On this day, Aug. 31, in hip-hop history...

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2006: Taking place at the historic Radio City Music Hall in New York City, the 2006 MTV Video Music Awards happened during a year of small gains for hip-hop in terms of recognition.

Unlike the 2016 VMAs, where Drake led the pack with the most nominations, Latina star Shakira and rock band The Red Hot Chili Peppers were the ones to dominate the list of nominees. Chamillionaire won Best Rap Video for "Ridin Dirty'" while Black Eyed Peas won Best Hip-Hop Video for "My Humps." But it was something that happened directly outside the awards ceremony that went down in hip-hop history.

On  that day, Yasiin Bey, then known as Mos Def, was arrested outside of the 2006 MTV VMAs for performing his song "Katrina Clap" out in the street, guerilla style.

The Brooklyn rapper pulled up to Radio City Music Hall on a flatbed truck around 10 p.m. while the awards show was happening inside the hall. From there, he began performing "Katrina Clap," a politically-conscious remix of a UTP song by the name of "Noila Clap." UTP was a group comprised of Juvenile, Wacko and Skip, three Louisiana-hailing rappers. "Noila Clap" was a shoutout to New Orleans' infamous Magnolia Projects.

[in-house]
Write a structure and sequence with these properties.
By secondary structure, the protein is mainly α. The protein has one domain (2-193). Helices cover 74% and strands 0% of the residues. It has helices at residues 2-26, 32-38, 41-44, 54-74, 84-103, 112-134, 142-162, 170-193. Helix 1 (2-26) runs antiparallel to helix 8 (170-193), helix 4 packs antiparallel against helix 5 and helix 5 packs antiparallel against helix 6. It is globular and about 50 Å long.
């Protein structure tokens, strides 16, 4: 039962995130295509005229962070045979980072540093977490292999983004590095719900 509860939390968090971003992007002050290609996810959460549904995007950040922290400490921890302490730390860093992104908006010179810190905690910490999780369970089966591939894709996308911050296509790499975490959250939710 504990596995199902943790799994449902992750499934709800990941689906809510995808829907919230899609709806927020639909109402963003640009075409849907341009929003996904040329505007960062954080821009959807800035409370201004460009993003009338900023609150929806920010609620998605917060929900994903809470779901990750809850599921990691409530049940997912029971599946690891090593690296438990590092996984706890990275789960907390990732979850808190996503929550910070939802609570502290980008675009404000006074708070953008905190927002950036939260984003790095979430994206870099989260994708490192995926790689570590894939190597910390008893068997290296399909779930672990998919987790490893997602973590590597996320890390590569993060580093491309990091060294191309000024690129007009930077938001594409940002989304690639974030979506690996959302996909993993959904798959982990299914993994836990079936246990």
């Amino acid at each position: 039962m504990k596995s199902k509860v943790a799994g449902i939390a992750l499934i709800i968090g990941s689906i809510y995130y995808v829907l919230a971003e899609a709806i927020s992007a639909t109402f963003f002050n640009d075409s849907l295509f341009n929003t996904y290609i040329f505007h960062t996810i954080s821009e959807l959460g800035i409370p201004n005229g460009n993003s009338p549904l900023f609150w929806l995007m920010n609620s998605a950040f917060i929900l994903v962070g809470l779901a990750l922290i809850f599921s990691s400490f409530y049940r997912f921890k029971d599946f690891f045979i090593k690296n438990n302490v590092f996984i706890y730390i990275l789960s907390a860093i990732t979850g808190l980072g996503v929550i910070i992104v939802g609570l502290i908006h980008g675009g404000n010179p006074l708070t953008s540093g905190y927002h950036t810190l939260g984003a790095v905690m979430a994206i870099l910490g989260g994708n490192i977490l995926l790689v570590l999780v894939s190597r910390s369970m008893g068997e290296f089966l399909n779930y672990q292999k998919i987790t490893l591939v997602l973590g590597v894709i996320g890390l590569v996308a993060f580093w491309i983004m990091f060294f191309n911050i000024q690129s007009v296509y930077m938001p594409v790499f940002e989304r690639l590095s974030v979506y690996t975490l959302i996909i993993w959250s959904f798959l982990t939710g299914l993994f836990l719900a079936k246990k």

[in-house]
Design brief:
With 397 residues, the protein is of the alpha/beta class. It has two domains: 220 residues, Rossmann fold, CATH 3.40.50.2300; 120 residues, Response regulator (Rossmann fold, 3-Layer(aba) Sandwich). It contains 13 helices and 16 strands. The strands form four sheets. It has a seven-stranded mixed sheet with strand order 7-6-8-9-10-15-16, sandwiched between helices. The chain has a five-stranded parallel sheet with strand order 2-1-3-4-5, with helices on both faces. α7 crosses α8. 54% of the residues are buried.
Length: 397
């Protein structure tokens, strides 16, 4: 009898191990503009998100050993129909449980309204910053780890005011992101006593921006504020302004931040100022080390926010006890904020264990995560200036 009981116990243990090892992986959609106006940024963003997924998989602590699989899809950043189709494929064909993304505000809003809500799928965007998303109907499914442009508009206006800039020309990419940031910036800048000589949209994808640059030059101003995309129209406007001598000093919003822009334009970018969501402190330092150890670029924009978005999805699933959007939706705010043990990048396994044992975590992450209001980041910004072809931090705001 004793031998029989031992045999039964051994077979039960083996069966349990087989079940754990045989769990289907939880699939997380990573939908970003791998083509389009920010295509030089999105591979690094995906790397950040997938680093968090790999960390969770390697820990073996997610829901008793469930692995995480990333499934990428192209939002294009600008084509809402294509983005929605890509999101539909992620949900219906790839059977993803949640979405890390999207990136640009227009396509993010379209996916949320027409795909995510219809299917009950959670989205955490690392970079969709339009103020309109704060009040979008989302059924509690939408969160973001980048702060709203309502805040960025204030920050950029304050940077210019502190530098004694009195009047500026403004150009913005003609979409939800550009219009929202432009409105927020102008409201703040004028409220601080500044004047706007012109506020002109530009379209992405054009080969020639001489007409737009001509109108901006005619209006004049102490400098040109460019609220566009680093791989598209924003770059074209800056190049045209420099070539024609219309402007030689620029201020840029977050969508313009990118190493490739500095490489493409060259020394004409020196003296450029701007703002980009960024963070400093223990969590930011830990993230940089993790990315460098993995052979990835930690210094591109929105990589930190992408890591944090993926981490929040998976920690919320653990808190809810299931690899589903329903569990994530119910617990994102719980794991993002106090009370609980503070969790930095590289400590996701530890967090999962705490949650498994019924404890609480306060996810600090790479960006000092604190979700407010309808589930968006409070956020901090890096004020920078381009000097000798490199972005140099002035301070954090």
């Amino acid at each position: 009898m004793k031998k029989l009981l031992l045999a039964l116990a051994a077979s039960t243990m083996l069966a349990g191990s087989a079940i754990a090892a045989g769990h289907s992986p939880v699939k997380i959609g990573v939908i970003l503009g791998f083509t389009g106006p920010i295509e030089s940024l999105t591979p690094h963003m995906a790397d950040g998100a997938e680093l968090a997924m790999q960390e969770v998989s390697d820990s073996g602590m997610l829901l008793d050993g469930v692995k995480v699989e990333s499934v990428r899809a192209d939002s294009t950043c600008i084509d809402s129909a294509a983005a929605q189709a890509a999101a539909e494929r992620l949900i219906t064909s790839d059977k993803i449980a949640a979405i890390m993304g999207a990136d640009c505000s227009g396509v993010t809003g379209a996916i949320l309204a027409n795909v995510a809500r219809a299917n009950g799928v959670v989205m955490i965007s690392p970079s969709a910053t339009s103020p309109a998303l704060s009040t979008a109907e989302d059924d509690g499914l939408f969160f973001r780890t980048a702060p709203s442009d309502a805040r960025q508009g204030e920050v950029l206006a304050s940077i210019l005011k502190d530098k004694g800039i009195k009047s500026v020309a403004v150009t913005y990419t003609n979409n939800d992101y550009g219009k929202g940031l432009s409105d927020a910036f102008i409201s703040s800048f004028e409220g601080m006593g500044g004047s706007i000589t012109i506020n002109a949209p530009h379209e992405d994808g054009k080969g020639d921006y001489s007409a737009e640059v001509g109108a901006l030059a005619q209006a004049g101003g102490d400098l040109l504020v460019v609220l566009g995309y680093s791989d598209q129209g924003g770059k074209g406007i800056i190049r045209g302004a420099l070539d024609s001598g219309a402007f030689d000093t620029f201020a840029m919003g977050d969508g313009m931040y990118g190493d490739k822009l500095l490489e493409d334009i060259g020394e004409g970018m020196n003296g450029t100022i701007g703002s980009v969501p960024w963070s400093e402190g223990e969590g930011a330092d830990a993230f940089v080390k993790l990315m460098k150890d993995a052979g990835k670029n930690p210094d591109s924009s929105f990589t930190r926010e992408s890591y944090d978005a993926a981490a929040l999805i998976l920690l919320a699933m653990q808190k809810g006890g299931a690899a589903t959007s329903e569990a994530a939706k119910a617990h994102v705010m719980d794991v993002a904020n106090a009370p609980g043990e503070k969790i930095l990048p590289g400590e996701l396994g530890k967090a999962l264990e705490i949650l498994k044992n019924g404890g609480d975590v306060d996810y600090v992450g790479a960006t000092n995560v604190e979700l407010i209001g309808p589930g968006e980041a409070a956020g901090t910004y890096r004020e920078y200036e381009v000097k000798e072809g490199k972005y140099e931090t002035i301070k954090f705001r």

With the background of "Noila Clap" in mind, it makes sense that Bey would use that particular instrumental to address the aftermath of Katrina, of Hurricane Katrina, a horrific natural disaster that swept across Louisiana and surrounding states the year prior. At the time, the President George W. Bush's administration was criticized for their perceived failure to adequately assist those affected by the storm. Yasiin Bey's "Katrina Clap" spotlights this idea.

After Bey's arrival, a crowd began to gather around the rapper's truck and sing along to his social justice tune. Even though he had a public performance permit with him, Bey was arrested by NYPD officers a few minutes after he started his performance. Check out how it all went down in the video above.

“Mos Def was not out to break any laws," said Bey's then-publicist, Carleen Donovan, in a statement the next day when the MC was released. "His only goal was to heighten the awareness of a serious situation that still exists in our country. He does not want people to forget that although it’s one year later, the people and cities hit by the hurricane still need the help of the American people.”

Check out how it all went down in the video below.

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